Take the 2-minute tour ×
Stack Overflow is a question and answer site for professional and enthusiast programmers. It's 100% free, no registration required.

I'm trying to invoke a SOAP service published on a secured server (Apache/Tomcat with SSL and CA configured)

the service expect a .P12 (PKCS#12) certificate to handle authorization.

My test using SOAPUI works well (service invoked and returned the correct result)

I guess I'v to deal with KeyTool to load the certificate within my keystore but I'm not able to figure it ou correctly.

in addition to that, SOAPUI is running on top of a JVM, and no need to load any certificate within JRE keyStore (as it just need to point on the P12 certificate), so I think that there's a way to "Load" the certificate on demande at invokation time ?

after some investigations, It seems that there's some CXF configurations to do (documentation)

Code : github repository

VM arguments :

-Djavax.net.ssl.keyStoreType=pkcs12
-Djavax.net.ssl.keyStore=c:/job/CDBXXX-XXXXX.p12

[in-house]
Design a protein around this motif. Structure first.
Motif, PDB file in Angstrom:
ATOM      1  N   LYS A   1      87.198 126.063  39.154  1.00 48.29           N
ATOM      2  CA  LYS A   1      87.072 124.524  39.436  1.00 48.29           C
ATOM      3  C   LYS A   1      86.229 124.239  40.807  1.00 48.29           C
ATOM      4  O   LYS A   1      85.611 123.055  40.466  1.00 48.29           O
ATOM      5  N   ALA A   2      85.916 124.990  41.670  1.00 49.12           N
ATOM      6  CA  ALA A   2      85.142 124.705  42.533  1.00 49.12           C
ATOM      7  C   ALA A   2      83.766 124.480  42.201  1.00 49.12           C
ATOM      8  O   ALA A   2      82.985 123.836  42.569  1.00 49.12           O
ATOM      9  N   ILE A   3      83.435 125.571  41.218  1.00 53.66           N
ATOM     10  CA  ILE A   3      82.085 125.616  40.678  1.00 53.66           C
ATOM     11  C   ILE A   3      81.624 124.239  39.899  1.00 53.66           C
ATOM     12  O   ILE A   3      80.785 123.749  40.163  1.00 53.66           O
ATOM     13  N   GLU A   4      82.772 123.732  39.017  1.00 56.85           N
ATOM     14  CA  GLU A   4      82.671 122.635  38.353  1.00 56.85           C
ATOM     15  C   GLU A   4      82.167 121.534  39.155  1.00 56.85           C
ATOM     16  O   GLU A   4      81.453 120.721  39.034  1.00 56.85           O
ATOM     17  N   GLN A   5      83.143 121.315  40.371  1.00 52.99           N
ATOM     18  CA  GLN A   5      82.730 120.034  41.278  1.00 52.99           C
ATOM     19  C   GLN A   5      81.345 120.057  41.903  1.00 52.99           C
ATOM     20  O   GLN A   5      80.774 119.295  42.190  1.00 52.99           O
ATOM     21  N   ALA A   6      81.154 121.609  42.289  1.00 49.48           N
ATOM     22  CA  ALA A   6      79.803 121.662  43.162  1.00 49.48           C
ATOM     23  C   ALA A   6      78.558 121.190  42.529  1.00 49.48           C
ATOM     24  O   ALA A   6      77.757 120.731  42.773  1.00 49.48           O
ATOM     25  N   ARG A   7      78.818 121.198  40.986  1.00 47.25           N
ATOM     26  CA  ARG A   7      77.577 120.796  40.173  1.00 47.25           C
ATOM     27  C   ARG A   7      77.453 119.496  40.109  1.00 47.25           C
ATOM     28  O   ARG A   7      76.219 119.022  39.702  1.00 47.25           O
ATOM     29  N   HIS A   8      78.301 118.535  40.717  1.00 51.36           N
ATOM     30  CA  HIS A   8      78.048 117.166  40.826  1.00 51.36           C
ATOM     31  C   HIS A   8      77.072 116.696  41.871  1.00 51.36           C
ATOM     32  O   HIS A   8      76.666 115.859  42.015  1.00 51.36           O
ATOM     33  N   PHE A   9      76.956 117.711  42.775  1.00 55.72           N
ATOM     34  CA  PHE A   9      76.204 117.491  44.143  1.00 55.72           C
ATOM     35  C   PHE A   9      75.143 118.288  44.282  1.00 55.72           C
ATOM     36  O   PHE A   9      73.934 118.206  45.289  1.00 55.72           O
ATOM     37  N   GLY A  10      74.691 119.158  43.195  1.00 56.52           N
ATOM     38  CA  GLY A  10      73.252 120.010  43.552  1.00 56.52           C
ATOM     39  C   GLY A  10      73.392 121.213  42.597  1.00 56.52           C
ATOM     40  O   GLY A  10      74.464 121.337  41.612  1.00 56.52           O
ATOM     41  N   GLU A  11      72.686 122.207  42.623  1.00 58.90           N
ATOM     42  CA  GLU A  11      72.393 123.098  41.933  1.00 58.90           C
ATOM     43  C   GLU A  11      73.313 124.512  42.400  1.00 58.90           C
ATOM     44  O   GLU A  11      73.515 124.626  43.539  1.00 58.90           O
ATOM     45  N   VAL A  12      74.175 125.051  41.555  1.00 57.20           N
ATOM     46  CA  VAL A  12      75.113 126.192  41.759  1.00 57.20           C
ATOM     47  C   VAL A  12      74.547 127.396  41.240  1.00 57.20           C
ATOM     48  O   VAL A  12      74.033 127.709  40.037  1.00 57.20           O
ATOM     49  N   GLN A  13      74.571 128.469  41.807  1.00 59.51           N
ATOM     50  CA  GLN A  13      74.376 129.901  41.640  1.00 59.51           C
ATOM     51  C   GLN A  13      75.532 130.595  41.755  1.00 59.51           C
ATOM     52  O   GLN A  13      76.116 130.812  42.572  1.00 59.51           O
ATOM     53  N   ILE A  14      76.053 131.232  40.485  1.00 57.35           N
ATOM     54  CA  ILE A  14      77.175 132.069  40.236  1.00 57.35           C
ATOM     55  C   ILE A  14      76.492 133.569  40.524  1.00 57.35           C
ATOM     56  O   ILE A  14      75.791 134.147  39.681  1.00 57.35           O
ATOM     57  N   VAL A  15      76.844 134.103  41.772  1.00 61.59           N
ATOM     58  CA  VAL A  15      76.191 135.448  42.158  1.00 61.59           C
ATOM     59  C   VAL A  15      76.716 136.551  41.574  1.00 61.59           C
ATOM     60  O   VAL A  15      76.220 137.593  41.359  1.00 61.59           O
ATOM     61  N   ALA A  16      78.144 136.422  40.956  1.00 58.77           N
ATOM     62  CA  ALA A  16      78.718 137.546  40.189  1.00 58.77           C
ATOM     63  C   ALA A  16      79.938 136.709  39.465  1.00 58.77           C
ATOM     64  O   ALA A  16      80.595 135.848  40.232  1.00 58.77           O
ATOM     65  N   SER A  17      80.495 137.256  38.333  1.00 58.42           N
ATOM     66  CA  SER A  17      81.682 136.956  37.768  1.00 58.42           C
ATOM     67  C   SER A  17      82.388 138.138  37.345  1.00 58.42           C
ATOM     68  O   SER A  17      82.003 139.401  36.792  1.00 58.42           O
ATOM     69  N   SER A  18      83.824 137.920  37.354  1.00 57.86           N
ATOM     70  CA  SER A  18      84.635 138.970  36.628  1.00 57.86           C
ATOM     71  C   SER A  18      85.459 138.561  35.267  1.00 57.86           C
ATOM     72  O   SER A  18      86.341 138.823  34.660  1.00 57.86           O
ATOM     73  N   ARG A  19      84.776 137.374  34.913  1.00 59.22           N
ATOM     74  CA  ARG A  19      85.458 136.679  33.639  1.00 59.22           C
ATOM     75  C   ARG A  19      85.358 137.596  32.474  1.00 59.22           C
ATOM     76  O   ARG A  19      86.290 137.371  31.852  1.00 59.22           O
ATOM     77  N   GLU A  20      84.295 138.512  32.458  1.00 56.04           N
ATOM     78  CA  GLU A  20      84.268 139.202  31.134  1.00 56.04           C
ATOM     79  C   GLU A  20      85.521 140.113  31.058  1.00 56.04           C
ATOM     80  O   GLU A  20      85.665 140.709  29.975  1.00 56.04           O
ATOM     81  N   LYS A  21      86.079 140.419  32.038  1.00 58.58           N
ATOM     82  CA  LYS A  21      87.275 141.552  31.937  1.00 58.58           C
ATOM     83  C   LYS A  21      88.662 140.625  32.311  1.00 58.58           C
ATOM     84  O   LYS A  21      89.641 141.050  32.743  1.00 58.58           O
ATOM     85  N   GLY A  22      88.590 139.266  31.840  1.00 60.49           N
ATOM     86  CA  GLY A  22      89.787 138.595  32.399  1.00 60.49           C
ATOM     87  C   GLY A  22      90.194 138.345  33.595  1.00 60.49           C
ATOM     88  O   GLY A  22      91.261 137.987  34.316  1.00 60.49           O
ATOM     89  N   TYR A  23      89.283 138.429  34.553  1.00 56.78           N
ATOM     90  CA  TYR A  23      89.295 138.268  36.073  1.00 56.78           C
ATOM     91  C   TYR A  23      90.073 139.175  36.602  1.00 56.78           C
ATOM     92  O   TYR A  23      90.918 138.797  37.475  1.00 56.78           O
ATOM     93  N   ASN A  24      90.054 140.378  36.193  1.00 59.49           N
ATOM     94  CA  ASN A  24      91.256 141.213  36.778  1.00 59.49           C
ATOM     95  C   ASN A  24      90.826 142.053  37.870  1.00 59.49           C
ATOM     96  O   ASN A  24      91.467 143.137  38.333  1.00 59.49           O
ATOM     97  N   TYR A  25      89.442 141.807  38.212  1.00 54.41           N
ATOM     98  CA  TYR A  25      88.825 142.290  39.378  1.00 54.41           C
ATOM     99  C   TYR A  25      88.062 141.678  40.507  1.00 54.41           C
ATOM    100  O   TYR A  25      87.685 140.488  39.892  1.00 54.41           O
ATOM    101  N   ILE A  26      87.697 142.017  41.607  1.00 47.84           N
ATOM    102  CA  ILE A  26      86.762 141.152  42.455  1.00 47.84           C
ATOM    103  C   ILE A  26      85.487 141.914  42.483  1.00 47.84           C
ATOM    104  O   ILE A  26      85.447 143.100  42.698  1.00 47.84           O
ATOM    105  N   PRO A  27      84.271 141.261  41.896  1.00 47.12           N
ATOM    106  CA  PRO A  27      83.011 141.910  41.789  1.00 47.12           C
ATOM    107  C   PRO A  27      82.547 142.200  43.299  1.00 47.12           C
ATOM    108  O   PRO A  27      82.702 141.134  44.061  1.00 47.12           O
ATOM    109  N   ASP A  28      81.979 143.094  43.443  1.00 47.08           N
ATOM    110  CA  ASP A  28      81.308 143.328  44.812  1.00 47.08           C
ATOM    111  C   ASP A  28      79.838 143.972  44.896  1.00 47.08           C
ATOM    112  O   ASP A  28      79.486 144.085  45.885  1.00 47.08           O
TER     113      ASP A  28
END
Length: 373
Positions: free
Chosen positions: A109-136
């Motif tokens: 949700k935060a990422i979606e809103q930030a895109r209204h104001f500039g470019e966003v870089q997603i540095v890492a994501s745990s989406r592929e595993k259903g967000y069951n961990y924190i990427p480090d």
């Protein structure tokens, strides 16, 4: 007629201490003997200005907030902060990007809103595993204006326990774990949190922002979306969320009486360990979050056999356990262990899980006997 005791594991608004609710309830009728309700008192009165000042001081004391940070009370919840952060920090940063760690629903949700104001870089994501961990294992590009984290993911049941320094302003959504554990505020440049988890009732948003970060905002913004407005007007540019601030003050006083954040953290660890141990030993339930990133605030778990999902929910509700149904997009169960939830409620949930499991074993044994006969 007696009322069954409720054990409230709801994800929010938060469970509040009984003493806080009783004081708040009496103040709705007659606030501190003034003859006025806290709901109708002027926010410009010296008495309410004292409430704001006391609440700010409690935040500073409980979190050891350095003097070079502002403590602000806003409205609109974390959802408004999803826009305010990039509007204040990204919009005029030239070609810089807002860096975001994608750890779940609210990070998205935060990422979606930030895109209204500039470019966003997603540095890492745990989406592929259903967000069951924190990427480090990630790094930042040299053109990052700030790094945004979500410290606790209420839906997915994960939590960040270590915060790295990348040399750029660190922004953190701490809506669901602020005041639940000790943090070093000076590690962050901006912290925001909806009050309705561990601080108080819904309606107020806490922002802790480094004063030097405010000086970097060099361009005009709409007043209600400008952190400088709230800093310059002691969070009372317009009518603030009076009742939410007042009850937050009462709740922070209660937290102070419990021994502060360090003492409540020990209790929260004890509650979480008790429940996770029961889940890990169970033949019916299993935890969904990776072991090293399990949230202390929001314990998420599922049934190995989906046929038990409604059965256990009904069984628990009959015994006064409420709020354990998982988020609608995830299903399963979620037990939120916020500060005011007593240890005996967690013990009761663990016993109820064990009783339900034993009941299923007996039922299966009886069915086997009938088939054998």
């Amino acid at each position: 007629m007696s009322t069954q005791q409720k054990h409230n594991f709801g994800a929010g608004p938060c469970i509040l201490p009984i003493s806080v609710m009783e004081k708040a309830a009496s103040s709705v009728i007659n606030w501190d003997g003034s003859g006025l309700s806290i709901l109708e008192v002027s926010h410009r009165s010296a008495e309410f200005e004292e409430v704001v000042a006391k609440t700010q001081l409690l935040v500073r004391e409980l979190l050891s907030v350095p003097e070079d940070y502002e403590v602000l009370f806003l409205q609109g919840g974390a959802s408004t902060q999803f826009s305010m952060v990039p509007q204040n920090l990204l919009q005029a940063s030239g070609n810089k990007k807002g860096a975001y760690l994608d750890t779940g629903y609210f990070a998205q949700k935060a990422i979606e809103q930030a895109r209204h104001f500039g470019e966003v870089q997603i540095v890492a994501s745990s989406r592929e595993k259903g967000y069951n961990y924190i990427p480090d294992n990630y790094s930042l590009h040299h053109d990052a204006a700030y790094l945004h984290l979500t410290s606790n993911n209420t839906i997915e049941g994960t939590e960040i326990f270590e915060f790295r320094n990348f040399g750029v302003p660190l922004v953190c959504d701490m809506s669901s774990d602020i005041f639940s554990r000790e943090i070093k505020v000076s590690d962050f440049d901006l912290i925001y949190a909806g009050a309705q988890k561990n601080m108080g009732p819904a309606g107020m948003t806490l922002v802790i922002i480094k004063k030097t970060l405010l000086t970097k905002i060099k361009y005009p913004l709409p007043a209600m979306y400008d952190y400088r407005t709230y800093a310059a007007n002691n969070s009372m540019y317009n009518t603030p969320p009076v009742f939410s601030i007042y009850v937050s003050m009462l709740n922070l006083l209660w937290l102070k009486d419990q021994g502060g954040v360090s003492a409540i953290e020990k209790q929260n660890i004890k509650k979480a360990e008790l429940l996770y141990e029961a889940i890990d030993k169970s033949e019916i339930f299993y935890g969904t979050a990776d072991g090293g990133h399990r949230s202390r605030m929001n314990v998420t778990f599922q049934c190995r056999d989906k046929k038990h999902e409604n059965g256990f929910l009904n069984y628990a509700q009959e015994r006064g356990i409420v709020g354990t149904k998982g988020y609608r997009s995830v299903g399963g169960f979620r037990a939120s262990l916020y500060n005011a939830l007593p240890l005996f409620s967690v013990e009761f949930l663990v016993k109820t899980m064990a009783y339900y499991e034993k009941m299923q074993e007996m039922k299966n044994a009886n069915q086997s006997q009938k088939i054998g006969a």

-Djavax.net.ssl.keyStorePassword=******

Logs (more here):

main, SEND TLSv1 ALERT:  fatal, description = certificate_unknown
main, WRITE: TLSv1 Alert, length = 2
main, called closeSocket()
main, handling exception: javax.net.ssl.SSLHandshakeException:     
   sun.security.validator.ValidatorException: PKIX path building failed:      
   sun.security.provider.certpath.SunCertPathBuilderException: unable to find valid     
   certification path to requested target
main, called close()
main, called closeInternal(true)

Thank's

share|improve this question
add comment

1 Answer

up vote 1 down vote accepted

javax.net.ssl.SSLHandshakeException means that you have one of these problems :

  1. The client key is not signed by one of the CAs in the server trust store.
  2. The client key is signed by an intermediate CA and you don't have the full CA chain in the server trust store.
share|improve this answer
add comment

Your Answer

 
discard

By posting your answer, you agree to the privacy policy and terms of service.

Not the answer you're looking for? Browse other questions tagged or ask your own question.